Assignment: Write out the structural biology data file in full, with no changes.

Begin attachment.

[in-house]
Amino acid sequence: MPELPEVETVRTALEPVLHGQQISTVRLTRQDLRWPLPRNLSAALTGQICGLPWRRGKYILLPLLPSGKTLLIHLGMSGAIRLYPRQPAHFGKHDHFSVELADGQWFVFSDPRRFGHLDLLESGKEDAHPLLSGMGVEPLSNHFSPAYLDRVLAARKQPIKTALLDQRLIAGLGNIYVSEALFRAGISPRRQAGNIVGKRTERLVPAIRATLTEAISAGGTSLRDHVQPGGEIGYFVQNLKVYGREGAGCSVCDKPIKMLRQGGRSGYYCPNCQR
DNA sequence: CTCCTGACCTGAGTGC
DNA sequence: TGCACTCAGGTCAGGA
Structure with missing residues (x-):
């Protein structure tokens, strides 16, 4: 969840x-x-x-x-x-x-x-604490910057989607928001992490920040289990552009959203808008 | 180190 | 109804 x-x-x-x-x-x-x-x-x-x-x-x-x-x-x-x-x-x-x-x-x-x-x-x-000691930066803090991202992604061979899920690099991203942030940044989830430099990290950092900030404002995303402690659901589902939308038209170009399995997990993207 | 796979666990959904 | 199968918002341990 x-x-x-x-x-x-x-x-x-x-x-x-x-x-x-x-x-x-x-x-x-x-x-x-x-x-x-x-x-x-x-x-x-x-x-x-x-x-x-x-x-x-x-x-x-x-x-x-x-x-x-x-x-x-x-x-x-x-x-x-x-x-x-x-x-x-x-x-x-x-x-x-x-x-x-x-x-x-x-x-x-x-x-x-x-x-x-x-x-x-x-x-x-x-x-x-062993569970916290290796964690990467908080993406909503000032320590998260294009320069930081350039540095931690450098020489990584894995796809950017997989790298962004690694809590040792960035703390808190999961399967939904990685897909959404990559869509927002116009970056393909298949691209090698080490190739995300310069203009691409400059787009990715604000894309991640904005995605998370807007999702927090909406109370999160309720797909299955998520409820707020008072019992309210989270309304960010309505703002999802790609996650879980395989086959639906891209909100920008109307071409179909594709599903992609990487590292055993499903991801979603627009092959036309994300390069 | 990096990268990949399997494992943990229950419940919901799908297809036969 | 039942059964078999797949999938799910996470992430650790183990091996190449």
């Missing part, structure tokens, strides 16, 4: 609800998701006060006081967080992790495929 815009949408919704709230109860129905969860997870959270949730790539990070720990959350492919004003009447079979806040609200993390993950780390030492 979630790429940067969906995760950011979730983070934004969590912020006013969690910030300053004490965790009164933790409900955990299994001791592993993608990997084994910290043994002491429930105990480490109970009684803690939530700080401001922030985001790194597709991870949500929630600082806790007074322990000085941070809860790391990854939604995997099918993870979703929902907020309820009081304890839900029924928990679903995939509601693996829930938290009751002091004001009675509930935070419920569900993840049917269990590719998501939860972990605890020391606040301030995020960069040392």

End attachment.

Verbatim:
[in-house]
Amino acid sequence: MPELPEVETVRTALEPVLHGQQISTVRLTRQDLRWPLPRNLSAALTGQICGLPWRRGKYILLPLLPSGKTLLIHLGMSGAIRLYPRQPAHFGKHDHFSVELADGQWFVFSDPRRFGHLDLLESGKEDAHPLLSGMGVEPLSNHFSPAYLDRVLAARKQPIKTALLDQRLIAGLGNIYVSEALFRAGISPRRQAGNIVGKRTERLVPAIRATLTEAISAGGTSLRDHVQPGGEIGYFVQNLKVYGREGAGCSVCDKPIKMLRQGGRSGYYCPNCQR
DNA sequence: CTCCTGACCTGAGTGC
DNA sequence: TGCACTCAGGTCAGGA
Structure with missing residues (x-):
């Protein structure tokens, strides 16, 4: 969840x-x-x-x-x-x-x-604490910057989607928001992490920040289990552009959203808008 | 180190 | 109804 x-x-x-x-x-x-x-x-x-x-x-x-x-x-x-x-x-x-x-x-x-x-x-x-000691930066803090991202992604061979899920690099991203942030940044989830430099990290950092900030404002995303402690659901589902939308038209170009399995997990993207 | 796979666990959904 | 199968918002341990 x-x-x-x-x-x-x-x-x-x-x-x-x-x-x-x-x-x-x-x-x-x-x-x-x-x-x-x-x-x-x-x-x-x-x-x-x-x-x-x-x-x-x-x-x-x-x-x-x-x-x-x-x-x-x-x-x-x-x-x-x-x-x-x-x-x-x-x-x-x-x-x-x-x-x-x-x-x-x-x-x-x-x-x-x-x-x-x-x-x-x-x-x-x-x-x-062993569970916290290796964690990467908080993406909503000032320590998260294009320069930081350039540095931690450098020489990584894995796809950017997989790298962004690694809590040792960035703390808190999961399967939904990685897909959404990559869509927002116009970056393909298949691209090698080490190739995300310069203009691409400059787009990715604000894309991640904005995605998370807007999702927090909406109370999160309720797909299955998520409820707020008072019992309210989270309304960010309505703002999802790609996650879980395989086959639906891209909100920008109307071409179909594709599903992609990487590292055993499903991801979603627009092959036309994300390069 | 990096990268990949399997494992943990229950419940919901799908297809036969 | 039942059964078999797949999938799910996470992430650790183990091996190449």
């Missing part, structure tokens, strides 16, 4: 609800998701006060006081967080992790495929 815009949408919704709230109860129905969860997870959270949730790539990070720990959350492919004003009447079979806040609200993390993950780390030492 979630790429940067969906995760950011979730983070934004969590912020006013969690910030300053004490965790009164933790409900955990299994001791592993993608990997084994910290043994002491429930105990480490109970009684803690939530700080401001922030985001790194597709991870949500929630600082806790007074322990000085941070809860790391990854939604995997099918993870979703929902907020309820009081304890839900029924928990679903995939509601693996829930938290009751002091004001009675509930935070419920569900993840049917269990590719998501939860972990605890020391606040301030995020960069040392």